Displaced: Black and Queer – a coming of age SA Queer documentary

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Faces Of Displaced: Black and Queer a collaborative documentary

Minister of Home Affairs and Another v Fourie and Another; Lesbian and Gay Equality Project and Others v Minister of Home Affairs [2005] is the Constitutional Court case that signaled to South African society that Queer/Lesbian/Gay relationships were a legitimate and permanent part of the South African legal and social fabric. Juxtapose this victory with the fact that in 2014 a transgender student, Nare Mphela, a high school student in Limpopo province faced multiple forms of discrimination on the basis of her gender identity. On the 10 march a school principle in Mdatsane, Nomapondomise Kossani of Ulwazi High School forced 38 pupils to publicly reveal their sexual orientation in front of their peers and in Ventersdorp, lesbian women reported fears as result of being terrorized by gangs. Queer/Lesbian reality both affirmed the Rainbow Nation and provide a deviation from the promise of human rights/Constitutionally guaranteed freedom and liberation.

Displaced: Black and Queer, a collaborative documentary between BlaQueer and youtube content creator, Ich Bin Siv, provide a vocabulary which articulates the fragmented ways we exist within and sometimes beyond a disappearing promised Queer Freedom. The idea for Displaced is simple, get a group of differently identifying persons in front of a camera and get them to comment on various “trigger” words including “coming out”, “pronouns”, “gender identity”, “violence” and “men”. What emerges from their frank responses are truths gleaned from lived-realities which, for me, made it even clearer the need to have our experiences, history, present and future recorded. The documentary affirms what we have always known, that Black Queer/Lesbian/Bisexual/Gay/Trans* persons bring to the world a vocabulary of multiplicity and complexity. That through our experiences a new world, characterised by consent, mutual respect and equality and multiple gender identities and sexualities.

 

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“Coming out” can be an act of reclaimation and an act that exposes Queer black people to emotional and physical violence.

My thoughts are echoed by Thando, a collaborative participant who rejects the idea that Queer/Lesbian/Bisexual black persons have to “come out” – or reveal their sexuality/gender identity. Thando rather invites you to come in their existential closet. I laughed and clapped when Thando said this. I laughed because the narrative for a long time was that “coming out” was a liberatory act of reclamation. An act of staking a claim on ones’ own identity and a clear rejection of heteronormative rules. However, with the co-option of Queer/Lesbian/Gay identities by Capitalist Heteropatriarchy, “coming out” no longer serves the liberatory significance it used. Sometimes it can make you a target of enormous emotional and physical violence.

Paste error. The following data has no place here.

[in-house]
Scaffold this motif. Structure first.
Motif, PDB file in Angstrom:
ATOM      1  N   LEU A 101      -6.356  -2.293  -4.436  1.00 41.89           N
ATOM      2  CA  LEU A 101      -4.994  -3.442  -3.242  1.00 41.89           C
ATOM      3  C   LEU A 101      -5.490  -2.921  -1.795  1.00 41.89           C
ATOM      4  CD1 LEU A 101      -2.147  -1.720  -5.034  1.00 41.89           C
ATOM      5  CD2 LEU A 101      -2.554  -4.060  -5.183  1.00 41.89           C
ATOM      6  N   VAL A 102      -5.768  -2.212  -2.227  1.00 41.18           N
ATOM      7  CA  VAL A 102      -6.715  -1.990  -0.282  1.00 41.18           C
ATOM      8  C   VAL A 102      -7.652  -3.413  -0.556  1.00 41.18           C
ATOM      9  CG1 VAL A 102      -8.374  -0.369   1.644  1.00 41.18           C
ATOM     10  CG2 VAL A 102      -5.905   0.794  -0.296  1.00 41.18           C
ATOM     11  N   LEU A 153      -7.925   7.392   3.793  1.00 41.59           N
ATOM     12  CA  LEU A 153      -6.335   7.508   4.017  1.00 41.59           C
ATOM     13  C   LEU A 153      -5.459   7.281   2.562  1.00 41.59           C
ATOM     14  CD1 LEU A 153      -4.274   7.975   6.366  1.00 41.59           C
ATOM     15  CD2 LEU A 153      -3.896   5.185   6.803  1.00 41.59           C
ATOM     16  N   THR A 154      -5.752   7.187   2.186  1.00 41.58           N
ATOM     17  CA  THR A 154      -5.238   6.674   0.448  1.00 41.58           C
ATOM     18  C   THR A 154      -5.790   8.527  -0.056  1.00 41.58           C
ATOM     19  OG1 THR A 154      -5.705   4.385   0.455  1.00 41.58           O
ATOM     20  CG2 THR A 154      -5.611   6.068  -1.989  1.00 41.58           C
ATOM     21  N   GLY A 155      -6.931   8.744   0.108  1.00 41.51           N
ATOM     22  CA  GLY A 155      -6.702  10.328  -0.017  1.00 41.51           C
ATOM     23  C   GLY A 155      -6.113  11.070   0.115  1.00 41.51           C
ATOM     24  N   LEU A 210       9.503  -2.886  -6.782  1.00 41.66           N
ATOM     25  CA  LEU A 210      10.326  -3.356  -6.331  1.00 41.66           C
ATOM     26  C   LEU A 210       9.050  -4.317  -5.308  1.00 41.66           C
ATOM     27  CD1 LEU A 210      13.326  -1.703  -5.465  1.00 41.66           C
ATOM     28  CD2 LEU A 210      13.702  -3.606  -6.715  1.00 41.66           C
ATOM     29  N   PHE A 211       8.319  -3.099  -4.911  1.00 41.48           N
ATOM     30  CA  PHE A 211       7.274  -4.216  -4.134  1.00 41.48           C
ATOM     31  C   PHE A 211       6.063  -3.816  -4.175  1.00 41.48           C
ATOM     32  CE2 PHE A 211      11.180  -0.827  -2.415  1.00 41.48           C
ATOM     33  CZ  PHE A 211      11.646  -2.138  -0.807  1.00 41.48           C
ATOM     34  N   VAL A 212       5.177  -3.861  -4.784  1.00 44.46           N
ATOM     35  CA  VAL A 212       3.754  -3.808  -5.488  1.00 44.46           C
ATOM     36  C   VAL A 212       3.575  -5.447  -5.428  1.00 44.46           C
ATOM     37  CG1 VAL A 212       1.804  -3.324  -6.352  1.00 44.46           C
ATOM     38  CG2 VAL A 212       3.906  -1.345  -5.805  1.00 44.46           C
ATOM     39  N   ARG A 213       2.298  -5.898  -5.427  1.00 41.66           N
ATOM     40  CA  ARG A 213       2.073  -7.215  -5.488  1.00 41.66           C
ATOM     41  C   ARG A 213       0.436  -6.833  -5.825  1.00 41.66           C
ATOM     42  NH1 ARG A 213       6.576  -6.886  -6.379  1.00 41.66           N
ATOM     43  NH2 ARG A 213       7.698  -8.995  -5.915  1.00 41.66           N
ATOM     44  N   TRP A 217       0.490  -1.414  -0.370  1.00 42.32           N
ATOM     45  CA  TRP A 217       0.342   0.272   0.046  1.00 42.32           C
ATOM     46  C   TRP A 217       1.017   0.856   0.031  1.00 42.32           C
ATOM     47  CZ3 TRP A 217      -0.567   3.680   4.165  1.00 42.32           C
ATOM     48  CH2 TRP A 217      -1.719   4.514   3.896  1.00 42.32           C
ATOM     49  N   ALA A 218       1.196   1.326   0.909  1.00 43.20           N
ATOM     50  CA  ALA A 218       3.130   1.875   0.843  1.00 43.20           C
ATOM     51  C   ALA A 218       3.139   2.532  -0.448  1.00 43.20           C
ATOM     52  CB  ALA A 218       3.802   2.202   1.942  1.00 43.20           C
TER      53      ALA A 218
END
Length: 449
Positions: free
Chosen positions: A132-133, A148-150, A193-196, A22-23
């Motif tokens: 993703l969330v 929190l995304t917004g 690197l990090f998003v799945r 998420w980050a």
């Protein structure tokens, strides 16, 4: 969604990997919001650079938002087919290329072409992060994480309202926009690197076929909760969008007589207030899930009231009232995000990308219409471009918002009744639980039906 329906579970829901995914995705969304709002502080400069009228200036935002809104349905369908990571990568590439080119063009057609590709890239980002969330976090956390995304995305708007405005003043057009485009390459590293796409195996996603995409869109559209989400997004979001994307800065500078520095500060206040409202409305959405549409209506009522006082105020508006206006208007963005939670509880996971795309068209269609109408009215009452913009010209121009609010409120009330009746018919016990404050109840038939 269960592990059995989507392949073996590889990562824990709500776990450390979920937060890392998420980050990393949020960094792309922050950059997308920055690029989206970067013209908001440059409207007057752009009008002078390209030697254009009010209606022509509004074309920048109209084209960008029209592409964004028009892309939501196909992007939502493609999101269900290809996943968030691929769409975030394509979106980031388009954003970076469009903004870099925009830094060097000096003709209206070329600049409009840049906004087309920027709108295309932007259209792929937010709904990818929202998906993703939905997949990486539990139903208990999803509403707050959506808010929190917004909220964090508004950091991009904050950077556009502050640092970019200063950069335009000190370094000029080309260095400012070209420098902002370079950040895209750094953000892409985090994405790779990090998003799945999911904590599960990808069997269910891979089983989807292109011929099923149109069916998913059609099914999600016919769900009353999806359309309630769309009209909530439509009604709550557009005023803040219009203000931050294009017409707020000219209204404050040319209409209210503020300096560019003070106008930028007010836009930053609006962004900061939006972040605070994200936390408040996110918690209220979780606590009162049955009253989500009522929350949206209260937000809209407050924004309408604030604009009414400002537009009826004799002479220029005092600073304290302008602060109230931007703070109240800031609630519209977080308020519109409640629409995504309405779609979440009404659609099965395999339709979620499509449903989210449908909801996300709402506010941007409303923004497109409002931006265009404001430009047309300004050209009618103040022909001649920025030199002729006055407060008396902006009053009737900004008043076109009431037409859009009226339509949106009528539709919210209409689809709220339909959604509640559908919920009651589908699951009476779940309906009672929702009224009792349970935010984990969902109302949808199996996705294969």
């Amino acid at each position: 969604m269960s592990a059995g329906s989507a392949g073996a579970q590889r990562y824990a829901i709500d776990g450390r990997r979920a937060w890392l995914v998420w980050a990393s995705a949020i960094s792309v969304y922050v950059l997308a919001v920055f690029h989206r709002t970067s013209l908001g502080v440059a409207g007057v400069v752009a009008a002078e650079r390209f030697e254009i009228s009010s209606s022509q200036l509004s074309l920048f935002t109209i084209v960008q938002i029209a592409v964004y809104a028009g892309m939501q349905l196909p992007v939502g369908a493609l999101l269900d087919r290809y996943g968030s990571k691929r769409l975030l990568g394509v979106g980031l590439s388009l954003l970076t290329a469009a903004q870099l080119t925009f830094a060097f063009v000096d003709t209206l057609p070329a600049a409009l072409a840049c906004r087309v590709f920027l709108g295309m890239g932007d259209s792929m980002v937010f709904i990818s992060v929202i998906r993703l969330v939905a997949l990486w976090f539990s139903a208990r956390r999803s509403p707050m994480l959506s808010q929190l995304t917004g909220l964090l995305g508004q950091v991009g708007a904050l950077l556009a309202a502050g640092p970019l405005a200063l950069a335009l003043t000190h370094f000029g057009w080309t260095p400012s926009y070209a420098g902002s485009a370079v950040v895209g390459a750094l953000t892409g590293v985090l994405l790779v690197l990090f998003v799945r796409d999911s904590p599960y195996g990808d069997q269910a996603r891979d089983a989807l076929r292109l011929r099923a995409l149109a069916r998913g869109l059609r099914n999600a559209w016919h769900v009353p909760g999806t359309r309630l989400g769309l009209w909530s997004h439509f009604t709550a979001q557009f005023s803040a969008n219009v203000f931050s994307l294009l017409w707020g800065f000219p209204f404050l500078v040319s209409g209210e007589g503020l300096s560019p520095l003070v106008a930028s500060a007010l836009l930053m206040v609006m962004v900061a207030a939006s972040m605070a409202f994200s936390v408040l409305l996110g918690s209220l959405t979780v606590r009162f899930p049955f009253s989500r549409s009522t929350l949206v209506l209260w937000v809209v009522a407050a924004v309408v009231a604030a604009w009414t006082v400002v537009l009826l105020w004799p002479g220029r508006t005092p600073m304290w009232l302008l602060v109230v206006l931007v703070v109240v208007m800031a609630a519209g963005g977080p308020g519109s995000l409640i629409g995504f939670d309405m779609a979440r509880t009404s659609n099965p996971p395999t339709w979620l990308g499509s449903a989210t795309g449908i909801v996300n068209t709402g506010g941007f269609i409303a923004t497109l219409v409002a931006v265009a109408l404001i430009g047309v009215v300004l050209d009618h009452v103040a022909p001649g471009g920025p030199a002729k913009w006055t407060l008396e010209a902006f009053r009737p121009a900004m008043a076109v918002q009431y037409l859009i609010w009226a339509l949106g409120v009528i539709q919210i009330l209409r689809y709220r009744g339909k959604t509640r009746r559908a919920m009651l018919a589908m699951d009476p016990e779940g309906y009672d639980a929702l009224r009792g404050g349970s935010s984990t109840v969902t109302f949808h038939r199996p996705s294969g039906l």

However as much as I would’ve loved to stay within the space Thando invited me into, Viwe another participant reminds me that there is a privilege in Queer visibility and its use as a tool of liberation and hope. This contradiction is not mutually exclusive, rather these contradictions are what make this documentary so important – it provides for the existence of these contradictions without seeking to undo and delegitimise the other. It says all our Queer experiences can exist in all their complicatedness and we can all be affirmed in this new world we are creating.

In short, Displaced provides for the beginning of the conversation South African Queer/Lesbian/Bisexual/Gay communities need to have in order to organically create and contest the dominant world views of the Rainbow Nation. Because for all its embrace of diversity and difference, Nelson Mandel’s Rainbow Nation remains fundamentally a violent space for Black and Queer Bodies. THIS is the displacement the documentary reveals.

The most powerful part of this documentary for me is its ability to emphasise new ways of being through casual normality, taking everyday rules of etiquette – i.e greetings and rituals of introduction – and opening up these spaces that have often presented violence and negation of our identities, to include us. In the beginning of the documentary each participant is asked what their gender identity is and their preferred pronouns. This simple act reminds me of the fractured and silenced struggles of Transgender persons in this country. It reminds me that the Lesbian and Gay equality project which we embarked on from 1994 until 2006 needs to account for the atrocious manner it dealt with transgender rights in its fight.

Earlier I wrote about the role of representation and images of Black Lesbians in South African Media. Displaced brings to life some of what I had hoped to see when I was younger – the spectrum of possibility within which black lesbians and Queer bodies can exist.

To get in on the action, please contact Siv Greyson or Ncumisa Mdlokolo through their respective twitter handles. There are plans to screen the documentary in various spaces in Cape Town. You should contact them if you’re a funder and want to support these local Queer documentaries. They’re for the culture, for the archives, for history.

For more updates follow:

@sivgreyson and @LordNcu

 

Collaborators
Siv Greyson and Ncumisa (Producer and Contributors)
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